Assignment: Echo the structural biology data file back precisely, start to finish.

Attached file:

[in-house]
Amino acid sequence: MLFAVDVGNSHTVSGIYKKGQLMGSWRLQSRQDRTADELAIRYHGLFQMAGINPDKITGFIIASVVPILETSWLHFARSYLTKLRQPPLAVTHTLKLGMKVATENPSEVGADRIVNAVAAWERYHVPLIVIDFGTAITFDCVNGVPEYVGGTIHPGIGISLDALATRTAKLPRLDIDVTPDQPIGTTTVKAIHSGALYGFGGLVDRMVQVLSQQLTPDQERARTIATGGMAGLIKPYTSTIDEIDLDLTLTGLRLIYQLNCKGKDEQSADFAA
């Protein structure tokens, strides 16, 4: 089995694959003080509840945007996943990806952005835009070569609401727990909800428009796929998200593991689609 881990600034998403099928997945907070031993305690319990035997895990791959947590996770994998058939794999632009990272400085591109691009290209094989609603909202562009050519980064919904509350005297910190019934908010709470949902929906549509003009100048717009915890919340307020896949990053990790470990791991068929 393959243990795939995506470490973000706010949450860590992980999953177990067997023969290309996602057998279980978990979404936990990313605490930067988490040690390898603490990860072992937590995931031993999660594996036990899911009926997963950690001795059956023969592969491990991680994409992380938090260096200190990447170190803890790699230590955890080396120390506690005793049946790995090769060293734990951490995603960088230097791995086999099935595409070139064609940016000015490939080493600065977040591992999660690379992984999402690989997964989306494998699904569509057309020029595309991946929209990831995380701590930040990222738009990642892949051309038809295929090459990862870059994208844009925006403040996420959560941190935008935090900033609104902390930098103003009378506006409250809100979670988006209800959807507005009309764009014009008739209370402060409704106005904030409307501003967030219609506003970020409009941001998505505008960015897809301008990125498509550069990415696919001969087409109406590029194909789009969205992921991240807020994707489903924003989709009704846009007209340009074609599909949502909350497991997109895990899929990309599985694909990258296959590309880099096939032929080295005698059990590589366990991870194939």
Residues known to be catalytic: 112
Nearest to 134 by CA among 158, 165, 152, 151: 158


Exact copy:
[in-house]
Amino acid sequence: MLFAVDVGNSHTVSGIYKKGQLMGSWRLQSRQDRTADELAIRYHGLFQMAGINPDKITGFIIASVVPILETSWLHFARSYLTKLRQPPLAVTHTLKLGMKVATENPSEVGADRIVNAVAAWERYHVPLIVIDFGTAITFDCVNGVPEYVGGTIHPGIGISLDALATRTAKLPRLDIDVTPDQPIGTTTVKAIHSGALYGFGGLVDRMVQVLSQQLTPDQERARTIATGGMAGLIKPYTSTIDEIDLDLTLTGLRLIYQLNCKGKDEQSADFAA
């Protein structure tokens, strides 16, 4: 089995694959003080509840945007996943990806952005835009070569609401727990909800428009796929998200593991689609 881990600034998403099928997945907070031993305690319990035997895990791959947590996770994998058939794999632009990272400085591109691009290209094989609603909202562009050519980064919904509350005297910190019934908010709470949902929906549509003009100048717009915890919340307020896949990053990790470990791991068929 393959243990795939995506470490973000706010949450860590992980999953177990067997023969290309996602057998279980978990979404936990990313605490930067988490040690390898603490990860072992937590995931031993999660594996036990899911009926997963950690001795059956023969592969491990991680994409992380938090260096200190990447170190803890790699230590955890080396120390506690005793049946790995090769060293734990951490995603960088230097791995086999099935595409070139064609940016000015490939080493600065977040591992999660690379992984999402690989997964989306494998699904569509057309020029595309991946929209990831995380701590930040990222738009990642892949051309038809295929090459990862870059994208844009925006403040996420959560941190935008935090900033609104902390930098103003009378506006409250809100979670988006209800959807507005009309764009014009008739209370402060409704106005904030409307501003967030219609506003970020409009941001998505505008960015897809301008990125498509550069990415696919001969087409109406590029194909789009969205992921991240807020994707489903924003989709009704846009007209340009074609599909949502909350497991997109895990899929990309599985694909990258296959590309880099096939032929080295005698059990590589366990991870194939």
Residues known to be catalytic: 112
Nearest to 134 by CA among 158, 165, 152, 151: 158